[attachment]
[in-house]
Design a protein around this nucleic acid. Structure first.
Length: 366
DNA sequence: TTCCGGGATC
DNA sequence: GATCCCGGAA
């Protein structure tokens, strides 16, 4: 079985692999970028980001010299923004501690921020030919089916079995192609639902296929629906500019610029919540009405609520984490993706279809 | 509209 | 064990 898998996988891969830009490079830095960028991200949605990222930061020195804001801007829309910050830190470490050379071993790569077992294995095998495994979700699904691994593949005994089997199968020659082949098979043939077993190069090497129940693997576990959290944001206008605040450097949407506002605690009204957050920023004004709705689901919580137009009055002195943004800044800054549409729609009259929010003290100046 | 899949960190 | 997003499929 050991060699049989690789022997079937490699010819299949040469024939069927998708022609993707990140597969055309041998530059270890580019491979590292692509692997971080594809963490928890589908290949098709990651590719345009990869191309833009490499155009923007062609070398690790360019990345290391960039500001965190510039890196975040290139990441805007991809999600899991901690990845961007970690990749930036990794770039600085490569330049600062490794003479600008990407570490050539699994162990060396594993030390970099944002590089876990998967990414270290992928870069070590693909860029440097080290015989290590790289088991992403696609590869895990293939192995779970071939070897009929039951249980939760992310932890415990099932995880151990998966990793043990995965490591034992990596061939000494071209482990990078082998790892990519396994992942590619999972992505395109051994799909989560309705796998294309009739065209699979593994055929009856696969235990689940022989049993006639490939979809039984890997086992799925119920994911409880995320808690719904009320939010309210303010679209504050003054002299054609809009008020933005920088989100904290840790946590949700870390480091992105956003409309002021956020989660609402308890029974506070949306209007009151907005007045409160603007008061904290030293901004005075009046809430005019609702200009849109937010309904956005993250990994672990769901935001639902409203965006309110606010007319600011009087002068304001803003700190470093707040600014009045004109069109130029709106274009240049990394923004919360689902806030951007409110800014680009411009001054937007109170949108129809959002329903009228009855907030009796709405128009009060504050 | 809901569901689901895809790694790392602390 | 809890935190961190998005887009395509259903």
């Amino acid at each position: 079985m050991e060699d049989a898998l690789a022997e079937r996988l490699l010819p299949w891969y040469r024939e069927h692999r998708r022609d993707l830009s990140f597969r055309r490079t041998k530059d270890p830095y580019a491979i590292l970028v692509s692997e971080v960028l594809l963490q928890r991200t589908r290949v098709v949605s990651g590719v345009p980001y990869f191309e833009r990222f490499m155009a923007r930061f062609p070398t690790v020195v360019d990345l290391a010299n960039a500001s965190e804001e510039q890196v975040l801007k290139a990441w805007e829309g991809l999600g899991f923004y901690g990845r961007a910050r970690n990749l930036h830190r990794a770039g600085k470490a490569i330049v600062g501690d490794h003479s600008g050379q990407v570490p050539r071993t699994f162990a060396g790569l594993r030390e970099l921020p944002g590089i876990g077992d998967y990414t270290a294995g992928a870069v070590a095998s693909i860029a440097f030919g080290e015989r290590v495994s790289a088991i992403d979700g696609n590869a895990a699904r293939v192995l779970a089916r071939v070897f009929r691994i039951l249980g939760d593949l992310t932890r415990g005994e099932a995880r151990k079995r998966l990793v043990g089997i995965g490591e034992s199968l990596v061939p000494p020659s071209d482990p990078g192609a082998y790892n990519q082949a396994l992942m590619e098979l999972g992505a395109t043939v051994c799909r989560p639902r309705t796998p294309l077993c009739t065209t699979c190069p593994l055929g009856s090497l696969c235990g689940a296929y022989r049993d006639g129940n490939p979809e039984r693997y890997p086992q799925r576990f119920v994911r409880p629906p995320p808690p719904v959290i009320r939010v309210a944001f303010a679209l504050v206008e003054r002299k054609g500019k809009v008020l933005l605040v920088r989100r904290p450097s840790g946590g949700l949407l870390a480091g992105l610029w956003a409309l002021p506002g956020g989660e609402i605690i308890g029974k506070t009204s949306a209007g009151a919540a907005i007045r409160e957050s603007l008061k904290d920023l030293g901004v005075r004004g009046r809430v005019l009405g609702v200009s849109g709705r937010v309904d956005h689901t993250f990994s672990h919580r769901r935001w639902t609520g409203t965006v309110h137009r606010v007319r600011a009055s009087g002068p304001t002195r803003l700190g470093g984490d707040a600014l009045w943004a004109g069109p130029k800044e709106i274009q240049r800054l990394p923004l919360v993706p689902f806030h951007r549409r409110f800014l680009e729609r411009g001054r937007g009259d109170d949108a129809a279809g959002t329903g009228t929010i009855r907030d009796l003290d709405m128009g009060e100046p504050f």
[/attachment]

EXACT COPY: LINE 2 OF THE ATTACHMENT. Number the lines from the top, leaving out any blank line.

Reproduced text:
Design a protein around this nucleic acid. Structure first.